What else did you learn?

 

 

Activity 5 - Light bulbs in series and parallel

Materials:

battery, battery holder, switch, wires, bulb holder, bulb

Think about the different ways batteries were connected in the previous circuits and use the pattern to to draw circuits with two light bulbs.

 

Draw at least three different ways two light bulbs might be connect in a closed circuit to light.

 

 

 

 

 

Make each circuit and record your observations. (bulb: out, dim, medium, or bright)

 

 

Describe how these observations support your model.

 

 

Describe any additional information, about circuits, you can add to your model.

 

 

 

Receivers (light bulb) in series will

 

 

 

 

Receivers (light bulb) parallel will

 

 

 

 

What else did you learn?

 

 

 

Activity 6 - Resistance

Materials:

battery, battery holder, wires, bulb holder, bulb, nichrome wire,

 

 

 

 

 

Grid image

 

 

What else did you learn?

 

 

 

 

 

Activity 7 - Switch

Materials:

Battery, bulb, battery holder, light bulb holder, assorted materials for making a switch (paper clip, aluminum foil, ...

Make a plan for the construction of a switch that will open and close a circuit.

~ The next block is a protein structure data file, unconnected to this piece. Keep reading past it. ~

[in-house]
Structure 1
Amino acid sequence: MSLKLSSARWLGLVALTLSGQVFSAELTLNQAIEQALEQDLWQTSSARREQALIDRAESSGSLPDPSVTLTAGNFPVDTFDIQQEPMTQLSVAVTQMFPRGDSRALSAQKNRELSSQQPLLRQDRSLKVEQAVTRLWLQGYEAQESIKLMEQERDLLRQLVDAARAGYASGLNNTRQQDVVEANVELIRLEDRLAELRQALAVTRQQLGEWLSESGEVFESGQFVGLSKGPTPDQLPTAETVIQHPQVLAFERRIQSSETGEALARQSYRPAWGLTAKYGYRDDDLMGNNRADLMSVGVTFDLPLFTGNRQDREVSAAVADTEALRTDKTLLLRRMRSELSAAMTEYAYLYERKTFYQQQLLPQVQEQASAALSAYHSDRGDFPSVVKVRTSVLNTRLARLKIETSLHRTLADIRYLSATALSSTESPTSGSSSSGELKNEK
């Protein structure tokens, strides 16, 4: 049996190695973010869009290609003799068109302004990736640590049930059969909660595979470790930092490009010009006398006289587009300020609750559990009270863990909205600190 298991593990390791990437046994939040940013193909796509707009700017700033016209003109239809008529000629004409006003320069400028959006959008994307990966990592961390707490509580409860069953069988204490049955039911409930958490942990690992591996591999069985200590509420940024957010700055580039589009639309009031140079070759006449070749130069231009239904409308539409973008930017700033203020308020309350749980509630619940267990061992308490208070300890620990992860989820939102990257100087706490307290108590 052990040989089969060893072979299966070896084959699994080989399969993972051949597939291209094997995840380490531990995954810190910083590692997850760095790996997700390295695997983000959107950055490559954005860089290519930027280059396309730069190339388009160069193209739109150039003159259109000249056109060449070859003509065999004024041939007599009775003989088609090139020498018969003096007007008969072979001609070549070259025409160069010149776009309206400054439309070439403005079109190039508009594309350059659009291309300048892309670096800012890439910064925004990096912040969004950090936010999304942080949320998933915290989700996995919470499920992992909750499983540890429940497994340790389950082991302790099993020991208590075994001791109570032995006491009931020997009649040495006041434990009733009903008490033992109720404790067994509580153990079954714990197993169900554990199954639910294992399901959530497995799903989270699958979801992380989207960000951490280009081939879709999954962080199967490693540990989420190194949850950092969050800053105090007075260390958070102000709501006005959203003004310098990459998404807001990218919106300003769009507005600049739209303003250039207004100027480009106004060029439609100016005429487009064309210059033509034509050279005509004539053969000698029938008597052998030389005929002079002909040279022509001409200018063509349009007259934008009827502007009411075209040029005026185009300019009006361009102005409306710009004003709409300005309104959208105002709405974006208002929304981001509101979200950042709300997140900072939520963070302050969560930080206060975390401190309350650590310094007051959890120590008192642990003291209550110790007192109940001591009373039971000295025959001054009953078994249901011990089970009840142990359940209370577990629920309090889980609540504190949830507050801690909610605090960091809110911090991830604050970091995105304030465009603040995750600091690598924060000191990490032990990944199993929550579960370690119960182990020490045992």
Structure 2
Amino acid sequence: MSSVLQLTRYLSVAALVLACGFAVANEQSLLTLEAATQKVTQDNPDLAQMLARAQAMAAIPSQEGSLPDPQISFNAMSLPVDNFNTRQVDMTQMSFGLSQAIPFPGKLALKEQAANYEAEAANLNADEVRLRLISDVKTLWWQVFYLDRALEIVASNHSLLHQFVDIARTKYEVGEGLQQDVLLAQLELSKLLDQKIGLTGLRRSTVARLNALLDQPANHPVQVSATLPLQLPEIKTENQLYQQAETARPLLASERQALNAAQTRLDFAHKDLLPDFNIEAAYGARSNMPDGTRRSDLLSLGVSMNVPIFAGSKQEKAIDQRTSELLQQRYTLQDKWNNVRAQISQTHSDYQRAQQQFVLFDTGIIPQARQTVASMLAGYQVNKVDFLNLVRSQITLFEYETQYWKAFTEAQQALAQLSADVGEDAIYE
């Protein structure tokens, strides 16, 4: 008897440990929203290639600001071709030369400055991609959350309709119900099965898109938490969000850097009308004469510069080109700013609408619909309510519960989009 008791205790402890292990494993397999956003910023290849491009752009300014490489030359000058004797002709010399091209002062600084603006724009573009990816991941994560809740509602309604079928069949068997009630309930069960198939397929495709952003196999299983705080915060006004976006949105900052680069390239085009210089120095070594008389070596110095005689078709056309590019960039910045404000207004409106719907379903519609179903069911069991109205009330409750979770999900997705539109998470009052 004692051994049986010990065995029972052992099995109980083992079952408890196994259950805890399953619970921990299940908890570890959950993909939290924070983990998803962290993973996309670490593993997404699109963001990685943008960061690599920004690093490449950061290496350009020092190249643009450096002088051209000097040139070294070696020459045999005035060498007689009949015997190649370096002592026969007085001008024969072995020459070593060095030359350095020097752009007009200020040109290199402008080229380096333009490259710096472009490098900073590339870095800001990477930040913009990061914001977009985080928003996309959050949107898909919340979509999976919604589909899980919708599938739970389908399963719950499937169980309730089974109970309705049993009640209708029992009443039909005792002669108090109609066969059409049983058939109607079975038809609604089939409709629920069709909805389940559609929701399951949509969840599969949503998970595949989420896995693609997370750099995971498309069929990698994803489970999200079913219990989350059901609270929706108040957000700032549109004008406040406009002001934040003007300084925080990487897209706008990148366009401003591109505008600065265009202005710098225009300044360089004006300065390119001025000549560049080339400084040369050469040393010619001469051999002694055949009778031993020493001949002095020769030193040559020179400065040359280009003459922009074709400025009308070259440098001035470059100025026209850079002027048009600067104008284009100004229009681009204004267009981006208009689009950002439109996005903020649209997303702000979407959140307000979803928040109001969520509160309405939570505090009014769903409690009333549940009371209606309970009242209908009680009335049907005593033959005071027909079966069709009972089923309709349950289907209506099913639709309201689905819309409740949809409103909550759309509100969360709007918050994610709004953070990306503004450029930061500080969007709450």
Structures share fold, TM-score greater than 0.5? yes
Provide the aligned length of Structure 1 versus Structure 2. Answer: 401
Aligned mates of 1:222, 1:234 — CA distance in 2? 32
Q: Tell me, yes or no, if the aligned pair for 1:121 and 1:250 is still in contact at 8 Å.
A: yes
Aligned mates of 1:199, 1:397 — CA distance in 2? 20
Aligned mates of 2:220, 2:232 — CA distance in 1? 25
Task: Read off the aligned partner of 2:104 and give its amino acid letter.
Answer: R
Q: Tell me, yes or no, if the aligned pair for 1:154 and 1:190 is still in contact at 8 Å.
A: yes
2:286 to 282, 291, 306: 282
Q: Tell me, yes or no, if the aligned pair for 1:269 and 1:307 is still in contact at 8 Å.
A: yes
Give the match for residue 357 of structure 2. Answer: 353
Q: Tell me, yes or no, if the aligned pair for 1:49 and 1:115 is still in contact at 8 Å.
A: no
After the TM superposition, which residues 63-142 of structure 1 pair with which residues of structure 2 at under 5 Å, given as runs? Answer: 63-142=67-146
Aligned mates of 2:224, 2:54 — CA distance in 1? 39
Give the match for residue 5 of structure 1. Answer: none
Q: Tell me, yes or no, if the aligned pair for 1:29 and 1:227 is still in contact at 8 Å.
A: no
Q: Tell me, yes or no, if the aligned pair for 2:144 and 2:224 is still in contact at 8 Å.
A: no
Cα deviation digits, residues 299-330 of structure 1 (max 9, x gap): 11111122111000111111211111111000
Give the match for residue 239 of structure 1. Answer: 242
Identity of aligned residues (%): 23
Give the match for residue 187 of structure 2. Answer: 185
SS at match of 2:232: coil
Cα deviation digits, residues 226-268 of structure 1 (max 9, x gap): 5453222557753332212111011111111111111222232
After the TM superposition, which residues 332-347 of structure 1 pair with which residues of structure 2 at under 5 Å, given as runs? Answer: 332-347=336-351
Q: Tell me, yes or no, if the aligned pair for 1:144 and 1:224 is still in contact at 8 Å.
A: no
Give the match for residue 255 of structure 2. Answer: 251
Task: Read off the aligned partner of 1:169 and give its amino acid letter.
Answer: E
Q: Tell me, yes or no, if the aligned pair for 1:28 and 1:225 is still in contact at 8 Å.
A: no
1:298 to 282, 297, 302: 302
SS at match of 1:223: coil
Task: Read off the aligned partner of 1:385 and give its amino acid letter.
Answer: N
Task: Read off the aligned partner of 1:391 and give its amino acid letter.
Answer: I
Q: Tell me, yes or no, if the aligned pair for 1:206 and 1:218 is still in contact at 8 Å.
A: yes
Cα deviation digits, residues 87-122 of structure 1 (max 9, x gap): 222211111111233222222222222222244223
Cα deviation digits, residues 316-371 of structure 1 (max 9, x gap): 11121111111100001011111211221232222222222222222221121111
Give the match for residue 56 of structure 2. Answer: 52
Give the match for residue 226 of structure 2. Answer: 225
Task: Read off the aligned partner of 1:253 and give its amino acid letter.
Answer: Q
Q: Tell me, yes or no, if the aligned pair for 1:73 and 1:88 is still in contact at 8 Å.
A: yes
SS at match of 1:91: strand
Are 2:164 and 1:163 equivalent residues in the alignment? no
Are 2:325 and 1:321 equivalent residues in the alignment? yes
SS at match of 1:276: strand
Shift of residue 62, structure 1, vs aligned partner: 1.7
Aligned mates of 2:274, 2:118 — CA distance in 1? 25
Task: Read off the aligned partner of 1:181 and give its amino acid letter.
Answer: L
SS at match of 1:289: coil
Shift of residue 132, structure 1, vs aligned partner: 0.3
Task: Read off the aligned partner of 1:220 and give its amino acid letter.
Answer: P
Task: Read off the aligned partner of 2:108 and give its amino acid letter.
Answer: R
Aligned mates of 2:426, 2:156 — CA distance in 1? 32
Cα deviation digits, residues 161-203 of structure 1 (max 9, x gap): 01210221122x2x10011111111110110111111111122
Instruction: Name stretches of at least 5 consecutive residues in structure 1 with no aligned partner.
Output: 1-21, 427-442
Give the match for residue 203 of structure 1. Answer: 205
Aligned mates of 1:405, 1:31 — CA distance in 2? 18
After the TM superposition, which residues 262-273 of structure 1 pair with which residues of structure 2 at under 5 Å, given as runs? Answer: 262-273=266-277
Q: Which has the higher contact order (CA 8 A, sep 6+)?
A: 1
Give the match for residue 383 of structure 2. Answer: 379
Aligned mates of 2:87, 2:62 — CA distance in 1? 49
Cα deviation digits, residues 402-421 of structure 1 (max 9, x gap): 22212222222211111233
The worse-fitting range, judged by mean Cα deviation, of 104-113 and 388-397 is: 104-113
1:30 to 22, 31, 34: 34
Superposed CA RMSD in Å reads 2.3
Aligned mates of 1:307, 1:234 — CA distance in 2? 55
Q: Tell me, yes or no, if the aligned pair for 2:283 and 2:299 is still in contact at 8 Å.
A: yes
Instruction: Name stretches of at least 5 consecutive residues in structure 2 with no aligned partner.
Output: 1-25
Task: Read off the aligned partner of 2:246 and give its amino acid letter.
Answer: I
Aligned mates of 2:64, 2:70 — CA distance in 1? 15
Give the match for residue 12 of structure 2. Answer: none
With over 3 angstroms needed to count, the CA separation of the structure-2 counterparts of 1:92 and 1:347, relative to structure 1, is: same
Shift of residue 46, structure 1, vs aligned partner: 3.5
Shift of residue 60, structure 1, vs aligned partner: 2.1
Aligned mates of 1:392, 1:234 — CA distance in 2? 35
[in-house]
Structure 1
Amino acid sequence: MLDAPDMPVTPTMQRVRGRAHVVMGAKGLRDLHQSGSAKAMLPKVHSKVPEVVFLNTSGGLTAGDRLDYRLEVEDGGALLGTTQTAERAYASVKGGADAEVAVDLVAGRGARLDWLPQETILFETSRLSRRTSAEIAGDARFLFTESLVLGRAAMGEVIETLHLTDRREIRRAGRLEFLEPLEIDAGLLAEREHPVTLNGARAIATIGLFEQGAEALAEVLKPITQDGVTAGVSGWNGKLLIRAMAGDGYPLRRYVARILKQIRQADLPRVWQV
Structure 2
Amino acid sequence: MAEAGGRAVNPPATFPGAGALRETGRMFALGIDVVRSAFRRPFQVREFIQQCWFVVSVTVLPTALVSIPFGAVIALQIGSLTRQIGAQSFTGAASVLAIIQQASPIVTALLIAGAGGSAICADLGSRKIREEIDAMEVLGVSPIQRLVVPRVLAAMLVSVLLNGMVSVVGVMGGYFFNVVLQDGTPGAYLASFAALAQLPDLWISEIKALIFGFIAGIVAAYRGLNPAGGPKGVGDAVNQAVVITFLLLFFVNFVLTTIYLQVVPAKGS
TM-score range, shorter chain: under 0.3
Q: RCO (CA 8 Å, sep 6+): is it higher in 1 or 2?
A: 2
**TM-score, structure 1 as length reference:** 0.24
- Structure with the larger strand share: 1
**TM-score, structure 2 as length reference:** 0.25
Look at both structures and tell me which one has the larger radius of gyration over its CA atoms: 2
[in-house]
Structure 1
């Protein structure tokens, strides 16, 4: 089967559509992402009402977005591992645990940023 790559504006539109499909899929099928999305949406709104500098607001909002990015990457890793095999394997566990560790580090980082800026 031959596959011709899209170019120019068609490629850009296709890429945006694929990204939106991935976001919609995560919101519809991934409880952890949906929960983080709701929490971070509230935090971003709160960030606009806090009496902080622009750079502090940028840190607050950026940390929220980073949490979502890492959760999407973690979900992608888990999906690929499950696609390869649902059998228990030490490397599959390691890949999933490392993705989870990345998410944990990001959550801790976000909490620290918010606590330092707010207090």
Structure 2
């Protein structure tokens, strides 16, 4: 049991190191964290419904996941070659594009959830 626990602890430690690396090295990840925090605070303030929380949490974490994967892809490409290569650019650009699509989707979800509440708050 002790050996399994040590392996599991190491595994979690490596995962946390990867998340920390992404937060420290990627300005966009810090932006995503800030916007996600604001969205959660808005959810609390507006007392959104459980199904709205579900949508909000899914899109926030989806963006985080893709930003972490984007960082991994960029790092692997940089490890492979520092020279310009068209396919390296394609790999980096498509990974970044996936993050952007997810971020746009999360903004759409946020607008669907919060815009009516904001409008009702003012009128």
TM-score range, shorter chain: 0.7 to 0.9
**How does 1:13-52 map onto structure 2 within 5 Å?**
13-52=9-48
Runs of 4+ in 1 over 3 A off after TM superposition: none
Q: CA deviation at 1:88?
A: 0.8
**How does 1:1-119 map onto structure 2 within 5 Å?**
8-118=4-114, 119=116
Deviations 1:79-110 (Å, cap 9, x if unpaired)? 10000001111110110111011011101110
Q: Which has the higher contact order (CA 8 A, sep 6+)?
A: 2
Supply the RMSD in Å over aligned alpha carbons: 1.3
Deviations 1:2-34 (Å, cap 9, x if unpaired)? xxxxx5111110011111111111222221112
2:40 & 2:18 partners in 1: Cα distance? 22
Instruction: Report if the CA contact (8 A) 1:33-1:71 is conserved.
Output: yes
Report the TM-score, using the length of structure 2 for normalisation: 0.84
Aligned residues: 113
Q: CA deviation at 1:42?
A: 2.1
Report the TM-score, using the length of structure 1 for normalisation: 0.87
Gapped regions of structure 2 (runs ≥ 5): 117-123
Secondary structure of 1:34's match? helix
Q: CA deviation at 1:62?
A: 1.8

Add an operational definition to your model.

 

 

 

 

What else did you learn?

 

 

Activity 8 - Test an electrical puzzle and make an electrical puzzle

Materials:

Battery, bulb, battery holder, light bulb holder, assorted materials for making a switch (paper clip, aluminum foil, ...

Use the plan below to make a circuit puzzle, give it a name, and exchange with another to solve.

 

Circuit puzzle directions

 

Draw model for puzzle ______________

 

 

Activity 9 - Electricity & magnetism

Materials:

battery, battery holder, switch, coil of wire, magnet, compass,

Make a circuit with the coil of wire, battery, and switch so the circuit can be opened and closed. Keep the circuit open when not exploring as the battery will transfer a lot of its energy to the coil.

  • Lay the coil on the desk.
  • Set the magnet inside the coil.
  • Close the circuit.

What do you observe?

 

Try different positions for the magnet.

What results do you observe?

 

 

  • Hang the coil along the side of a table or desk.
  • Close the circuit
  • Move the compass around the coil.

Draw how the compass needle is positioned as you move it around the coil.

 

 

 

What else did you learn?

 

 

Activity 10 - Electr0scale to measure electric energy

Materials:

battery, battery holder, switch, coil of wire, magnet, compass,

Electro scale

 

 

 

What else did you learn?

 

 

Support materials

Circuit puzzle sample

Sample circit puzzle